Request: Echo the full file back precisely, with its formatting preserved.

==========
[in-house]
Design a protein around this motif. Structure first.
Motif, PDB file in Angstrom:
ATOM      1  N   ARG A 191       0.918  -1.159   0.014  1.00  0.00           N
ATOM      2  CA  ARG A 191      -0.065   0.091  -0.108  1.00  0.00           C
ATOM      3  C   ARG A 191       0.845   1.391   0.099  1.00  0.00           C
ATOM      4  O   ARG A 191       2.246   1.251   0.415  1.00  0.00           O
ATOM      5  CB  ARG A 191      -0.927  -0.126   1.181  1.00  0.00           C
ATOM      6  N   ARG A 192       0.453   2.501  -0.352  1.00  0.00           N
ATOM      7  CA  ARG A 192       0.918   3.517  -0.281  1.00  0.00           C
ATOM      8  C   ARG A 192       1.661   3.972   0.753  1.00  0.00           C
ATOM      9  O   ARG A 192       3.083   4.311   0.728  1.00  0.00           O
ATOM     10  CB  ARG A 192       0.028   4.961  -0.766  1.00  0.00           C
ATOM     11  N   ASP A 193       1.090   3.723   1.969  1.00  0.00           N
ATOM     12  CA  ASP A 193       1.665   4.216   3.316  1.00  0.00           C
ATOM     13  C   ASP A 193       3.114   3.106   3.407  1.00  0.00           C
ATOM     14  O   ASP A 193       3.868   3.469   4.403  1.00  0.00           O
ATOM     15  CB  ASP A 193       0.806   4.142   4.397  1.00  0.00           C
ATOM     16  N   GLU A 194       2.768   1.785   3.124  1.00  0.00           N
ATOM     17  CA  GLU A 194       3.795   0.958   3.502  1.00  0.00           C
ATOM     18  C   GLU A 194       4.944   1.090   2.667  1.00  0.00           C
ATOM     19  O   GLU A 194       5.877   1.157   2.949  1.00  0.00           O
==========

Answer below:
[in-house]
Design a protein around this motif. Structure first.
Motif, PDB file in Angstrom:
ATOM      1  N   ARG A 191       0.918  -1.159   0.014  1.00  0.00           N
ATOM      2  CA  ARG A 191      -0.065   0.091  -0.108  1.00  0.00           C
ATOM      3  C   ARG A 191       0.845   1.391   0.099  1.00  0.00           C
ATOM      4  O   ARG A 191       2.246   1.251   0.415  1.00  0.00           O
ATOM      5  CB  ARG A 191      -0.927  -0.126   1.181  1.00  0.00           C
ATOM      6  N   ARG A 192       0.453   2.501  -0.352  1.00  0.00           N
ATOM      7  CA  ARG A 192       0.918   3.517  -0.281  1.00  0.00           C
ATOM      8  C   ARG A 192       1.661   3.972   0.753  1.00  0.00           C
ATOM      9  O   ARG A 192       3.083   4.311   0.728  1.00  0.00           O
ATOM     10  CB  ARG A 192       0.028   4.961  -0.766  1.00  0.00           C
ATOM     11  N   ASP A 193       1.090   3.723   1.969  1.00  0.00           N
ATOM     12  CA  ASP A 193       1.665   4.216   3.316  1.00  0.00           C
ATOM     13  C   ASP A 193       3.114   3.106   3.407  1.00  0.00           C
ATOM     14  O   ASP A 193       3.868   3.469   4.403  1.00  0.00           O
ATOM     15  CB  ASP A 193       0.806   4.142   4.397  1.00  0.00           C
ATOM     16  N   GLU A 194       2.768   1.785   3.124  1.00  0.00           N
ATOM     17  CA  GLU A 194       3.795   0.958   3.502  1.00  0.00           C
ATOM     18  C   GLU A 194       4.944   1.090   2.667  1.00  0.00           C
ATOM     19  O   GLU A 194       5.877   1.157   2.949  1.00  0.00           O